Australian FIs Told to ‘Act Now’ on Climate Risk

Insurers, banks and superannuation funds face liability risk for failing to disclose, address and manage the effects of climate change.

The Reserve Bank of Australia (RBA) is calling on financial market participants to “act now” to manage the financial risks of climate change, given the implications for financial stability.

“Climate change can significantly affect the prices of assets if it reduces future cash flows and makes them more volatile,” RBA Head of Domestic Markets Jonathan Kearns said on 24 August.

Climate risks affect the value of assets used as security for loans, the incomes borrowers rely upon to make repayments, and therefore the potential losses that lenders face, he said. “If financial entities mismanage their climate risks, they are also exposed to liability risk.”

Compared to insurers, banks have less experience modelling the financial impacts of climate events, and “more work” is needed to develop their management of these financial risks. “Not only do they need to develop the systems and procedures to manage these risks, but they need to start by collecting and analysing the right data,” Kearns said.

The effects of climate change on multi-year mortgages and business loans are “likely to be significant but are also very uncertain”. For instance, climate change can reduce the value of property backing a loan, or make insurance on property untenable – which can exacerbate loan losses.

Meanwhile, superannuation and managed funds – while seeking to maximise the return for investors – face difficulties assessing the sensitivity of returns on particular investments to climate change, given the inconsistent and incomplete information available.

“While super funds don’t operate as direct channels of financial stability risks from climate change, they could become indirect channels if they were to contribute to rapid price falls through large sales,” Kearns said.

He also warned of the threat of liability risk, which all insurers, banks and super fund trustees face if they do not disclose, address and manage the effects of climate change sufficiently for their customers and owners. “Ensuring they provide detailed information on their exposure to climate risk is important in managing liability risk.”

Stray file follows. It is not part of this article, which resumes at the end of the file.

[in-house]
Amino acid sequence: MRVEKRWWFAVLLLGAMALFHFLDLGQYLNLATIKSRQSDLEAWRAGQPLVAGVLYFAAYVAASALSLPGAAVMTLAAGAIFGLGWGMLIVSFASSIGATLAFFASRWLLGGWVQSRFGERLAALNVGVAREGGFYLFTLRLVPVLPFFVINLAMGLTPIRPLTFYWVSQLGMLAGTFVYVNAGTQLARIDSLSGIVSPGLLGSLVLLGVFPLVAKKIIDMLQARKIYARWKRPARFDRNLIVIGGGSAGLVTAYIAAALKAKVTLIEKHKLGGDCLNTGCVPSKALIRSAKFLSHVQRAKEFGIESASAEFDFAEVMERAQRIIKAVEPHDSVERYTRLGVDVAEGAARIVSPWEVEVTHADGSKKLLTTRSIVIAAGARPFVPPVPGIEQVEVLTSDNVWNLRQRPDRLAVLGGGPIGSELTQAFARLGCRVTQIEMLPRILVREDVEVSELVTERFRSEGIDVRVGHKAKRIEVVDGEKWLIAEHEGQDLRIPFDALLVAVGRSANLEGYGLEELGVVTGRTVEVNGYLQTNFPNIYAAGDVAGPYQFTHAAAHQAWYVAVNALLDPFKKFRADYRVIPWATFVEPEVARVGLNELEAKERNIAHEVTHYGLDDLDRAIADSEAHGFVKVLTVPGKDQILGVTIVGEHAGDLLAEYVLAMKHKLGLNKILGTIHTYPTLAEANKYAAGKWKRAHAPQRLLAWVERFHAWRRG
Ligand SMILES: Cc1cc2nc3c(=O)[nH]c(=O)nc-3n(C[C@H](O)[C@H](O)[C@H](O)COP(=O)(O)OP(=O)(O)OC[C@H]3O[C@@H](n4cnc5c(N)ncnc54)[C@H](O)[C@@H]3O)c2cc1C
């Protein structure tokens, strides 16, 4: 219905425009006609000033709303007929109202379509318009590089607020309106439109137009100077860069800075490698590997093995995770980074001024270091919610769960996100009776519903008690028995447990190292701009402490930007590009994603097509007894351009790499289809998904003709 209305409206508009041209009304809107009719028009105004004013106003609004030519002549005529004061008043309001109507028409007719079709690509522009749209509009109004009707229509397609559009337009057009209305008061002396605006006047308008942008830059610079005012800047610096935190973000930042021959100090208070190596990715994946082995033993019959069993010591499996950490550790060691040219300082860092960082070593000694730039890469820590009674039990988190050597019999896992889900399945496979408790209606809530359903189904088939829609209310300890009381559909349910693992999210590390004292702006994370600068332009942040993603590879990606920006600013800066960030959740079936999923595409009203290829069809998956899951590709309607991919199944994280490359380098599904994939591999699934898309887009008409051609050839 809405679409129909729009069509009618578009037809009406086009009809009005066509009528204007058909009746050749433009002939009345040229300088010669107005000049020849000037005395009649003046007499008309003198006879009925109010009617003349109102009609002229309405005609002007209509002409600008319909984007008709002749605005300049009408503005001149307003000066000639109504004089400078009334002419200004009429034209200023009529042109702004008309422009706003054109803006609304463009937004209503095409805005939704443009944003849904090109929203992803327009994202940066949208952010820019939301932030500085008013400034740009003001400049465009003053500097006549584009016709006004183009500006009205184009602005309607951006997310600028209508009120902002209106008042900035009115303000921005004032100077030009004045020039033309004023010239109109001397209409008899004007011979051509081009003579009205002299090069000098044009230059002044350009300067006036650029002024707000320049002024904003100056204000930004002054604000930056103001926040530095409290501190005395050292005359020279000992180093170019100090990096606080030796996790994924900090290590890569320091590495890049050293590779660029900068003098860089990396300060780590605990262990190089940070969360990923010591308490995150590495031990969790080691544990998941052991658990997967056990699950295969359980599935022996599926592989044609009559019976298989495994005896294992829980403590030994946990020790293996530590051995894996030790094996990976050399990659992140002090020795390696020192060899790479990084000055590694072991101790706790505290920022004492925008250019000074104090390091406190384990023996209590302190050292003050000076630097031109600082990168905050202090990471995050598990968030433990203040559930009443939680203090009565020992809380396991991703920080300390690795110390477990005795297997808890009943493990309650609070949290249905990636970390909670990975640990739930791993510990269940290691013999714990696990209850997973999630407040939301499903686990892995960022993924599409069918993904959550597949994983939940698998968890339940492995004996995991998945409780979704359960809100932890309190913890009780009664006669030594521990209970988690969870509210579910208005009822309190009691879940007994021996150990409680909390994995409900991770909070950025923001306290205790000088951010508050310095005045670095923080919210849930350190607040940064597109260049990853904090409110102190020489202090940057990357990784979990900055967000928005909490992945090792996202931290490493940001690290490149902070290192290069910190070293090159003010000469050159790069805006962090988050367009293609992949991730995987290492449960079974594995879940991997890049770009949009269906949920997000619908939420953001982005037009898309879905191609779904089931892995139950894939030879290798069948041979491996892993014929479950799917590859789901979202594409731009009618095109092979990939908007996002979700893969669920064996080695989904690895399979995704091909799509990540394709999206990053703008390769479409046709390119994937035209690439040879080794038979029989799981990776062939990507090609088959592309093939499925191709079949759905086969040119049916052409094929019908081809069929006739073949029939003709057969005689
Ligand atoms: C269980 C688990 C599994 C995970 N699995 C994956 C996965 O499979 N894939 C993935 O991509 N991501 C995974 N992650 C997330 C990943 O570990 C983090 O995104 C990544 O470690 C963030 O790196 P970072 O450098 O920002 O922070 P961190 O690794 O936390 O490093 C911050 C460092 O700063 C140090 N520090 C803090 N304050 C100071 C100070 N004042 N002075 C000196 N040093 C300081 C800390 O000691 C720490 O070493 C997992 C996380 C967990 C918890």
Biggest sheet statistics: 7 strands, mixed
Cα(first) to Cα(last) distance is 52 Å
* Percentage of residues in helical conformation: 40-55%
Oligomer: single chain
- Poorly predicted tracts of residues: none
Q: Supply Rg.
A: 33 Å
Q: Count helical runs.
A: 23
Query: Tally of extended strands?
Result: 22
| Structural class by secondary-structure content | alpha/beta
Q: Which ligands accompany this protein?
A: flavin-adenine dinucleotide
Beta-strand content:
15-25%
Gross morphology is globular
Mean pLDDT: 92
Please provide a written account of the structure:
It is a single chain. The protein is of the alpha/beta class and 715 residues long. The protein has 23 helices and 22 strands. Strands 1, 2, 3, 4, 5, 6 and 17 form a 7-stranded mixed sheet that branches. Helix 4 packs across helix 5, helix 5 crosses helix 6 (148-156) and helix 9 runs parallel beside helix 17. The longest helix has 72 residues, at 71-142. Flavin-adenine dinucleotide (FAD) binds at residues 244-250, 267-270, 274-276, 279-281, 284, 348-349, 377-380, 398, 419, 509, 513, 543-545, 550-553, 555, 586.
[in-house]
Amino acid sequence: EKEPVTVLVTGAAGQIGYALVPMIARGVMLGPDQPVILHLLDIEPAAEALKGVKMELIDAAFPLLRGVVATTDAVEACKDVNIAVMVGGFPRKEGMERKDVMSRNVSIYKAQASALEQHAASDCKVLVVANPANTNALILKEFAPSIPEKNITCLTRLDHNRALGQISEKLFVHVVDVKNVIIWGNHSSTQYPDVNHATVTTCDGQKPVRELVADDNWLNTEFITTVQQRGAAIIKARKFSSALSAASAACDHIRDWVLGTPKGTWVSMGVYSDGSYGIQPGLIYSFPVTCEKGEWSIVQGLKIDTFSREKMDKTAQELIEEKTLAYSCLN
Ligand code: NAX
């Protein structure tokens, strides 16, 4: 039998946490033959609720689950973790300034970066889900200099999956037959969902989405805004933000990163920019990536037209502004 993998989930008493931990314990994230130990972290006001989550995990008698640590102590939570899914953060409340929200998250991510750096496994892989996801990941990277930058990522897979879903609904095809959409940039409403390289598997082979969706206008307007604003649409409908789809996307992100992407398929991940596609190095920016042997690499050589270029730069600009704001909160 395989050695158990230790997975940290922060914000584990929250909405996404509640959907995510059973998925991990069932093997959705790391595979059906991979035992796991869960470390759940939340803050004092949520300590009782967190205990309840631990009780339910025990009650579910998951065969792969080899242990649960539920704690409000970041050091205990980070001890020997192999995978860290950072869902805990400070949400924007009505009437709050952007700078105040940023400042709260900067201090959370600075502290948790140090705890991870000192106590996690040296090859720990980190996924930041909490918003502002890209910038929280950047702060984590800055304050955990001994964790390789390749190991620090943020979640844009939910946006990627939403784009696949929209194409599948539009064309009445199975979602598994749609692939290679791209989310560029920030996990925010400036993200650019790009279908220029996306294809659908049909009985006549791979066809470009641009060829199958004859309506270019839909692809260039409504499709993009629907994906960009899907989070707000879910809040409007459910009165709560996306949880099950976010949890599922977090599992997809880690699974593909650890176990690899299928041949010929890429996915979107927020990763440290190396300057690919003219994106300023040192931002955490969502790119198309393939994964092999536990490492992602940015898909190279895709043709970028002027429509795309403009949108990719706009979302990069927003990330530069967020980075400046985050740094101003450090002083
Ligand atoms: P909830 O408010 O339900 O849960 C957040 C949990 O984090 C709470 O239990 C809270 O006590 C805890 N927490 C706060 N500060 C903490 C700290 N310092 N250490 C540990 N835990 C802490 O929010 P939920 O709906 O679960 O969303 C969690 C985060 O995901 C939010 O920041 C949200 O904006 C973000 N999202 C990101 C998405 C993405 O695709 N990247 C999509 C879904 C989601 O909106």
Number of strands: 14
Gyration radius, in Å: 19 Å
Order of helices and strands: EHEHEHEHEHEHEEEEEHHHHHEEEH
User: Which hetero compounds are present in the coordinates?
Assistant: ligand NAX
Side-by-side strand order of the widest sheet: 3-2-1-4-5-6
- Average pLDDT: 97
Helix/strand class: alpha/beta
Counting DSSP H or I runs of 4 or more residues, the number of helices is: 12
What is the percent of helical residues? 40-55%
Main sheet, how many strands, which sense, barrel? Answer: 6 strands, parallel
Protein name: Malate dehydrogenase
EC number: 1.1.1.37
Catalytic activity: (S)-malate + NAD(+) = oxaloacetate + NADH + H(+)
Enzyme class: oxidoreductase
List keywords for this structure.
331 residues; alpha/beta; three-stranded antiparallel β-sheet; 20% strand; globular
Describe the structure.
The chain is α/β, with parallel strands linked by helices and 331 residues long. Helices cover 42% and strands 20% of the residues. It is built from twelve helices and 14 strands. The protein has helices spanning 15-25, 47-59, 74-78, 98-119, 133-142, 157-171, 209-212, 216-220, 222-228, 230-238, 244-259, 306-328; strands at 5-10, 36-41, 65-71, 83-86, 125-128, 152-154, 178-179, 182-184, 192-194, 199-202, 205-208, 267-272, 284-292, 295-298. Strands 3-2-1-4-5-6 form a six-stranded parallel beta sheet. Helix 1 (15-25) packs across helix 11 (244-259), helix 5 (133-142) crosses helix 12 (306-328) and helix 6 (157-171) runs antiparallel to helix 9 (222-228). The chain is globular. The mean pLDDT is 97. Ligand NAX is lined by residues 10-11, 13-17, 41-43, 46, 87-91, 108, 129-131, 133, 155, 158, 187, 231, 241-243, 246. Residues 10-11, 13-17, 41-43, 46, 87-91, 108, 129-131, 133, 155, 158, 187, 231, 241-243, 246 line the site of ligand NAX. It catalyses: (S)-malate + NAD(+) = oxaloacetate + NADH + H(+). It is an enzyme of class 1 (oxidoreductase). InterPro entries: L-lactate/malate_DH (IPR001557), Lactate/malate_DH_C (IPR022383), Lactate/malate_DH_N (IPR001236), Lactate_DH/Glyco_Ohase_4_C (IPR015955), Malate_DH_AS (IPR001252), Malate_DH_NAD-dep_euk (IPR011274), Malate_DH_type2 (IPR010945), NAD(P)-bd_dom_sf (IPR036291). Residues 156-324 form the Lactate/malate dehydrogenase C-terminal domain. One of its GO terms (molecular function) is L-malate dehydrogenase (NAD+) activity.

Kearns noted that Australian regulators, through the Council of Financial Regulators (CFR), created a Climate Working Group back in 2017, and have since been seeking to ensure firms produce and disclose high-quality and consistent information about climate-related risks, and that they carefully manage those risks.

The CFR Climate Working Group identified three priority areas over the past year: the Climate Vulnerability Assessment (CVA), disclosures, and taxonomies and sustainable finance.

The CVA is a climate scenario analysis being conducted by the five largest banks under guidance from APRA Australian Prudential Regulation Authority (APRA), taking into account anticipated physical and transition risks through to 2050. It seeks to assess the potential exposure banks have to climate risk, understand how banks are likely to adjust their business models in response to those risks, and foster an improvement in banks’ management of climate risks.

The banks used scenarios developed by the Network for Greening the Financial System to assess the implications of climate risk for their credit risk models and the structure of their balance sheets. In late May 2022, the results were provided to APRA, which is looking to publish information on the outcomes and insights later this year, Kearns said.

The CVA exercise should help to facilitate the development of high-quality and comparable climate-related disclosures, which are “important to allow investors and counterparties to have confidence in how firms are managing their climate-related financial risks”.

On taxonomies, Kearns emphasised the need for widely recognised and utilised definitions for what is considered ‘green’ or ‘sustainable’, to increase the quality and consistency of information available to financial market participants and contribute to improved management of climate risks.

The development of an Australian taxonomy is a key priority for the Australian Sustainable Finance Initiative (ASFI). Kearns said the CFR agencies are supportive of this work and have joined the ASFI’s Technical Advisory Group as observers.

“Climate change can have a significant impact on the structure of the economy, and the pricing and return on assets,” he said. “This means climate change has implications for the efficiency and stability of the financial system.”

“These are complex issues and our understanding of how best to respond will evolve over time. But it is critical that financial market participants and regulators act now to best manage the financial risks and facilitate the associated opportunities.”

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